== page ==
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Weddings

Weddings

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From the series Almonds and Sunday Dresses

by MARGARET SULLIVAN AND NELCIA MARSHALL ROBINSON

HOW CAN WE ever forget those weddings, and the great excitement that accompanied them, from start to finish.

Three months’ notice was given for a wedding, and those who had invitations would buy their dress in the first month, the shoes and hat in the second month, while the third month was to pay for the gift, and the hired car.

You see it was the ladies who were on show, the men merely had to bring out their suits and sun them.

Neighbours were busily chatting as to how many eggs they would donate, or which goat, or how many roosters, or which pig would be fattened for the event. How many Cake Pans they could lend, and who had a Star cake pan for the Bride and a Horse Shoe for the Groom!

The Bride’s parents, of course, would have had to do some serious research before their daughter’s wedding date was set. The Chief Baker in the village would be consulted as to whether she had any bookings for the date proposed, and the date would be confirmed or adjusted accordingly. Likewise the Cake Decorator had to be booked. When there was a difficulty in fixing the date with the Church and the Baker, the Church date would take priority, and alternative arrangements made for the Cake.

If the Bride’s parents were quick to ask, they could get assistance from Mrs. Collins, a professional event organizer in the village. She liked to plan weddings, and was always ready and willing to help, most times without remuneration.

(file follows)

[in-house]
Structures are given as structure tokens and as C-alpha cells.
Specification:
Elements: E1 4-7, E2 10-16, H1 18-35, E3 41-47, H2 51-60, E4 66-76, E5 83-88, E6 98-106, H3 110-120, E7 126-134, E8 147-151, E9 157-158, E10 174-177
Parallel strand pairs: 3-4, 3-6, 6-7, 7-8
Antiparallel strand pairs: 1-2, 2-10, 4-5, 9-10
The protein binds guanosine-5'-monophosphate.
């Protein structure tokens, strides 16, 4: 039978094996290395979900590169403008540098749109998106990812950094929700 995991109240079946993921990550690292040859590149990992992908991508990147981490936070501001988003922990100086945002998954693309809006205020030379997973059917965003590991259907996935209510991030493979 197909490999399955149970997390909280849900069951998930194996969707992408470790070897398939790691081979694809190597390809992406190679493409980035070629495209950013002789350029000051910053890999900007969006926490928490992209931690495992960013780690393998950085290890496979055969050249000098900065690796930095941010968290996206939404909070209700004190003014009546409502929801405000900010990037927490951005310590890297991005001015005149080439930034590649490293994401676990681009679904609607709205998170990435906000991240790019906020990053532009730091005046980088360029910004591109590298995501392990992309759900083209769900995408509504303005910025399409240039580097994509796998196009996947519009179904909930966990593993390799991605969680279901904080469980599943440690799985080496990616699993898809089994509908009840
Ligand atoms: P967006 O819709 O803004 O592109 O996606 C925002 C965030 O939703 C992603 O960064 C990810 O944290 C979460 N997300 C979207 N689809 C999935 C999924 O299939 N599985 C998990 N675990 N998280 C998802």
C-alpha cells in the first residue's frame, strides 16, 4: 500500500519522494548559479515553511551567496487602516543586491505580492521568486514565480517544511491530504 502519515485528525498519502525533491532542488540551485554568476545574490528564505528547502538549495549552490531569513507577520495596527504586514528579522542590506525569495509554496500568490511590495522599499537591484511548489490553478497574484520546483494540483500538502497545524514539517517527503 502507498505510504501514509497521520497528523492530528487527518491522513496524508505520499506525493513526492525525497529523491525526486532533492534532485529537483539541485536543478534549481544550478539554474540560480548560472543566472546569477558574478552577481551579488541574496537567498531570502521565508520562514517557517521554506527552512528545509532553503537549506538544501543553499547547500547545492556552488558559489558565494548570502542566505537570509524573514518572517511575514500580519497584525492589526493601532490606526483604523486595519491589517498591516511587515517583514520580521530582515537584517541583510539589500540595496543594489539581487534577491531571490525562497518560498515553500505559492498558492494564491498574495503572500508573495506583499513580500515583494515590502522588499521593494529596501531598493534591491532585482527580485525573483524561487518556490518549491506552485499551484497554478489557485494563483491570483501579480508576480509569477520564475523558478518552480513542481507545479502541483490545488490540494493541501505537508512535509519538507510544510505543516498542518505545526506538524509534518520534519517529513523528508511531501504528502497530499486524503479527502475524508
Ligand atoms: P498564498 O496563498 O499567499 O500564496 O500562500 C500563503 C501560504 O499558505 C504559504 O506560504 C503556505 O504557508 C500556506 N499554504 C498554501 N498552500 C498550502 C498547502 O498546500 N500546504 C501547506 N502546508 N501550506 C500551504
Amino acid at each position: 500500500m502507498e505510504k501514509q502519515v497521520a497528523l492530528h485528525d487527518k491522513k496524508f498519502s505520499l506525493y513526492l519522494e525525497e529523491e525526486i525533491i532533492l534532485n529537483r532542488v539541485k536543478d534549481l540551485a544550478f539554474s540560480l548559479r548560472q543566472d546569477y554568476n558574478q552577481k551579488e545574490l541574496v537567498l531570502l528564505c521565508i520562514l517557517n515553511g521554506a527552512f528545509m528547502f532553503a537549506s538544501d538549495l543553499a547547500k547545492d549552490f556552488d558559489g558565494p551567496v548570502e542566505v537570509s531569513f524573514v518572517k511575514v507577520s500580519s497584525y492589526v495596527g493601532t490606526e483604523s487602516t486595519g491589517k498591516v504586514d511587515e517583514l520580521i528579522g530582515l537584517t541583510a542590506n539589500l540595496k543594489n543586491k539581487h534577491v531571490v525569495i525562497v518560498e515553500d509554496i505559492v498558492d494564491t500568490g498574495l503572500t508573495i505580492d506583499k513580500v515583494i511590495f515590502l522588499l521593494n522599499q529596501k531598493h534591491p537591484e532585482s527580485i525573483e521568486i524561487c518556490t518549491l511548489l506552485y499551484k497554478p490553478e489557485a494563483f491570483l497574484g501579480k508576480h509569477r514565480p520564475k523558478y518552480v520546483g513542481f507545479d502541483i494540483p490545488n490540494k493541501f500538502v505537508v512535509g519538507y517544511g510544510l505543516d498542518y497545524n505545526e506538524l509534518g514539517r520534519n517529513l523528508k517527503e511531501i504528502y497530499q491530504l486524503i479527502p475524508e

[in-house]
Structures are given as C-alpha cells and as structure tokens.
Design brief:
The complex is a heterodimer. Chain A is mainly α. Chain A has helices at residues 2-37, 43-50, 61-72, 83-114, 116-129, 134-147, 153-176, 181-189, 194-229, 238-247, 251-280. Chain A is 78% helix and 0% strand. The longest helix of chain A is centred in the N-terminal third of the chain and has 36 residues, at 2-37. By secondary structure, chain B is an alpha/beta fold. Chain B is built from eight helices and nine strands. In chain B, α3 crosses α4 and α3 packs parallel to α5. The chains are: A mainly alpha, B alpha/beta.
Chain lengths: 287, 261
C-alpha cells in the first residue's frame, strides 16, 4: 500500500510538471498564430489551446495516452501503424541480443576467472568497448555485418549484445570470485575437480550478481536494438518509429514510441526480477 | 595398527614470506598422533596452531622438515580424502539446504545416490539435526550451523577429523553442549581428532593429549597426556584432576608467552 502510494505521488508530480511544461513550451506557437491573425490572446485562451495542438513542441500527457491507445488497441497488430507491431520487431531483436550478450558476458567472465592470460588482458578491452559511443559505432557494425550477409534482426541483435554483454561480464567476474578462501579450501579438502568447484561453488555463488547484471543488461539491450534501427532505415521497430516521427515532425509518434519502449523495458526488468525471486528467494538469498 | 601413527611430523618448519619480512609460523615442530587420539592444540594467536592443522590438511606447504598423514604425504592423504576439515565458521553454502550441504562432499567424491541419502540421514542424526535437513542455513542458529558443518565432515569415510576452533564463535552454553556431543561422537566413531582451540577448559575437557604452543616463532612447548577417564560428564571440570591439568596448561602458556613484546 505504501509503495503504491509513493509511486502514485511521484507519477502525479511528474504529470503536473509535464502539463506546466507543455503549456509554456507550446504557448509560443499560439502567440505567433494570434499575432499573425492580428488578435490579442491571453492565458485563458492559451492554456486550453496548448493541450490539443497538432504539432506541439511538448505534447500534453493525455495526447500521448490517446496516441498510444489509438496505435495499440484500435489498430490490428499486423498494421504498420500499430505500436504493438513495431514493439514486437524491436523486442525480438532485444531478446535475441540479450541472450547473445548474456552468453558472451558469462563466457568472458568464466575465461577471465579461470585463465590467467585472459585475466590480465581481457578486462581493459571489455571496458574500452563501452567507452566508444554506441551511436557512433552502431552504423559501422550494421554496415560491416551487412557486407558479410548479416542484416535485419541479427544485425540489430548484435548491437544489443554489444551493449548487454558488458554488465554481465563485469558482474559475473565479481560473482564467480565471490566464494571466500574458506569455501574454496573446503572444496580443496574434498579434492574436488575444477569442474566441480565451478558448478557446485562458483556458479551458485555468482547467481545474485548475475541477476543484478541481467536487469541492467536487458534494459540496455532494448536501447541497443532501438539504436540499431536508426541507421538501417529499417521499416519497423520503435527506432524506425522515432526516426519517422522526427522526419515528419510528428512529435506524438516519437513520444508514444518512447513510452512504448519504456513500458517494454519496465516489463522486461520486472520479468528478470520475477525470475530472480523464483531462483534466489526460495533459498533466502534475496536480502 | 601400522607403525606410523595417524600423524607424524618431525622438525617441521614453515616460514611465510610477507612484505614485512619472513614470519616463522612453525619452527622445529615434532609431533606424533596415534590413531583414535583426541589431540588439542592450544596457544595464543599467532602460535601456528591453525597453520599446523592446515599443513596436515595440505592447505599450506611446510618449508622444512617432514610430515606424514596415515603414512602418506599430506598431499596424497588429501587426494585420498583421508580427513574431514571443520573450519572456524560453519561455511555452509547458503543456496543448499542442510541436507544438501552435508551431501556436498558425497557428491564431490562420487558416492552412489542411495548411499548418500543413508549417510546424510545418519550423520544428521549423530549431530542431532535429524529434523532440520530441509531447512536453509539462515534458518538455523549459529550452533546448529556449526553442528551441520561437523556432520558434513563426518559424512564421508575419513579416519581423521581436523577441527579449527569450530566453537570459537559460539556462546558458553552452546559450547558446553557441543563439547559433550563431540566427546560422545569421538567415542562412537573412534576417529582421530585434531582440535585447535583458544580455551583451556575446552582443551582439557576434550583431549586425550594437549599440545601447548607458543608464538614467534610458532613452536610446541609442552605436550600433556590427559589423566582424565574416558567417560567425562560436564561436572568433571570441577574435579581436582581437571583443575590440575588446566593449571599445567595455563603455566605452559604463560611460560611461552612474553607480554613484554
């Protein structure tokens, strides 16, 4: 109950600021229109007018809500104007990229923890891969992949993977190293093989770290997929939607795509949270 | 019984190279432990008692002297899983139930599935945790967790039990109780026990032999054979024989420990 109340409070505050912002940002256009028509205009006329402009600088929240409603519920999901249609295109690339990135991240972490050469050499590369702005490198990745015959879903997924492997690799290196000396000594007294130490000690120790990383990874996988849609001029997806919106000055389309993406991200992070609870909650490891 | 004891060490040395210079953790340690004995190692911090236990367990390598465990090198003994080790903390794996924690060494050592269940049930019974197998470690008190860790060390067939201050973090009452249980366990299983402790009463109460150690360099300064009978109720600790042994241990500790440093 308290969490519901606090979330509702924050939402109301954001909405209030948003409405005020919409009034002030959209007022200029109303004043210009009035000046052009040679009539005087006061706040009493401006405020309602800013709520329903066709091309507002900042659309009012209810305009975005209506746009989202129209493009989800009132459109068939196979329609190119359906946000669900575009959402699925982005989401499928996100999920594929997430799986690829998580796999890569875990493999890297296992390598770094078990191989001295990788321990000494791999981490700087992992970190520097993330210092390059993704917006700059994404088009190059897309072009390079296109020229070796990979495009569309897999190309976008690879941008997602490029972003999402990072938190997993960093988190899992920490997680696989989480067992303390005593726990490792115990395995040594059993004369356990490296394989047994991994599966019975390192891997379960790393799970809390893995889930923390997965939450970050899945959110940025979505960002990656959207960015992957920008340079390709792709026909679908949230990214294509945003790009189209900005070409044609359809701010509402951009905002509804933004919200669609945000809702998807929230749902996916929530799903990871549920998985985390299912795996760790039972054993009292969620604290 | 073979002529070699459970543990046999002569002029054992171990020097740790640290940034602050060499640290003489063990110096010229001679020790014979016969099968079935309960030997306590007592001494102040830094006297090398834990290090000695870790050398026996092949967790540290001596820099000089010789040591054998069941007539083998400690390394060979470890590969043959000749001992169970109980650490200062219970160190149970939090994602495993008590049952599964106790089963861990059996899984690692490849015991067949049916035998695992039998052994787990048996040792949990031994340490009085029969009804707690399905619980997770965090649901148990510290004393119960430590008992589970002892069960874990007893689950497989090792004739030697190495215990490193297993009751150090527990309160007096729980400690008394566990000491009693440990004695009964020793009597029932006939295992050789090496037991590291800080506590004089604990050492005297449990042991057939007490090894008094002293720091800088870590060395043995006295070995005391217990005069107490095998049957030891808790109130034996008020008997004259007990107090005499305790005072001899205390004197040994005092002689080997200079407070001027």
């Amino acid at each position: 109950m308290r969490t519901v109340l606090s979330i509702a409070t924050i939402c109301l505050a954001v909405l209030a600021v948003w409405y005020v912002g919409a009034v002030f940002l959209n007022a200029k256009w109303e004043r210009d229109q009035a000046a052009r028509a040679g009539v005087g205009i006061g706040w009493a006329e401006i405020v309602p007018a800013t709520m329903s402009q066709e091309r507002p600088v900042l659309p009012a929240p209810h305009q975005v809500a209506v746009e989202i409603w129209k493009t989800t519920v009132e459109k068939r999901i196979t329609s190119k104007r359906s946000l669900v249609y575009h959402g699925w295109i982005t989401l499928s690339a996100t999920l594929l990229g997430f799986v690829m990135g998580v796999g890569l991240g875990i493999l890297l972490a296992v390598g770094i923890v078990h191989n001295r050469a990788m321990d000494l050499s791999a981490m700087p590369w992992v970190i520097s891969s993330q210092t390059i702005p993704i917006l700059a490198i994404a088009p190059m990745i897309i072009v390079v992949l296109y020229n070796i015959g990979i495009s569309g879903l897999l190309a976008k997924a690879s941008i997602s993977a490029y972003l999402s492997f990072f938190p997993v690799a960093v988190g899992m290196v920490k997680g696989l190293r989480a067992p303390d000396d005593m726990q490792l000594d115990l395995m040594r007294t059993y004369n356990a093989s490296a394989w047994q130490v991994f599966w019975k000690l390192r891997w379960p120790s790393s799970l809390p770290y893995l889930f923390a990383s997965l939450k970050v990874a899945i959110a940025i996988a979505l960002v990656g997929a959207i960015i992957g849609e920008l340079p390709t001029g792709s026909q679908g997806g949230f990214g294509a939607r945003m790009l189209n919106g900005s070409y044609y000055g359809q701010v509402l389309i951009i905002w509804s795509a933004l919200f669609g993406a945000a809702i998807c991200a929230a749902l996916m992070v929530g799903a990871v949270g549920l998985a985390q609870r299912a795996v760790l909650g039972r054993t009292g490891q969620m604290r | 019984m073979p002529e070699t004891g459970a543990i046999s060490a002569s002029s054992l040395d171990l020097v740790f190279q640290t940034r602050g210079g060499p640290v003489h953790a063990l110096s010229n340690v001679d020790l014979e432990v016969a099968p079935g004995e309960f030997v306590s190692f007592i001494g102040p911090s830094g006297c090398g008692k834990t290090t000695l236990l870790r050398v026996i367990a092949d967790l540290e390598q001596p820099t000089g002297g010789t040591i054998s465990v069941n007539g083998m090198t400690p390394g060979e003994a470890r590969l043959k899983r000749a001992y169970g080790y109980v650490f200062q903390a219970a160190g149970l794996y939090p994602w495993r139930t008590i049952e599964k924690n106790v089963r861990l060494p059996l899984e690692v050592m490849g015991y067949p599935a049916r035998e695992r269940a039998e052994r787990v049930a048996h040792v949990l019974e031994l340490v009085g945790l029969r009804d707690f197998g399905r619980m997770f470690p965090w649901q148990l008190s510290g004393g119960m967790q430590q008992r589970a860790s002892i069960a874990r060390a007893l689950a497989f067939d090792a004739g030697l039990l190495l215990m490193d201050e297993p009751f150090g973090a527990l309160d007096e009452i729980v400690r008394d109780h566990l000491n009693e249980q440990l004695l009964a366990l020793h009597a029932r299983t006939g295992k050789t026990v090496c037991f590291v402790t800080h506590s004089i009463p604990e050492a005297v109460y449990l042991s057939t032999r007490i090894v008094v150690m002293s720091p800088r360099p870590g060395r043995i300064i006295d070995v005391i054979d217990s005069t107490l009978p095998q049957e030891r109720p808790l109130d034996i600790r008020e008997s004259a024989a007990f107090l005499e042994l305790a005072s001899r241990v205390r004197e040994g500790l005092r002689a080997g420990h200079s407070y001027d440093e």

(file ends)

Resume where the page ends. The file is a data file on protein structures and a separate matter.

There would be the “Whisperers”,who would express doubt as to whether the wedding would really take place. Therefore the posting of the “Banns” was eagerly looked forward to. The village gossip would spread the news that the Banns were out at the Court House. Villagers would nod their heads firmly and say, ‘It is sealed, and at the St. George’s Cathedral, too”!

The most looked for activities in the event were around the Bride. Curious eyes would examine the dress, and careless mouths were sure to voice the faults – it was too tight, the veil too short – what she have marrying in white?

The romantics would praise the beautiful bride.

When the daughter of a prominent seamstress was getting married , all the seamstresses in the area came together to make the dress. We heard that the dress took fifty yards of lace. To this day, I wonder who actually cut the dress, who pinned the lace to the taffeta, who fixed the nylon train, who cut and stitched the appliqués?

The unity of these skilled needle-women produced a design that would rival Princess Diana’s dress.

Today, wedding dresses are mostly imported, and the skills of our local seamstresses are under-valued.

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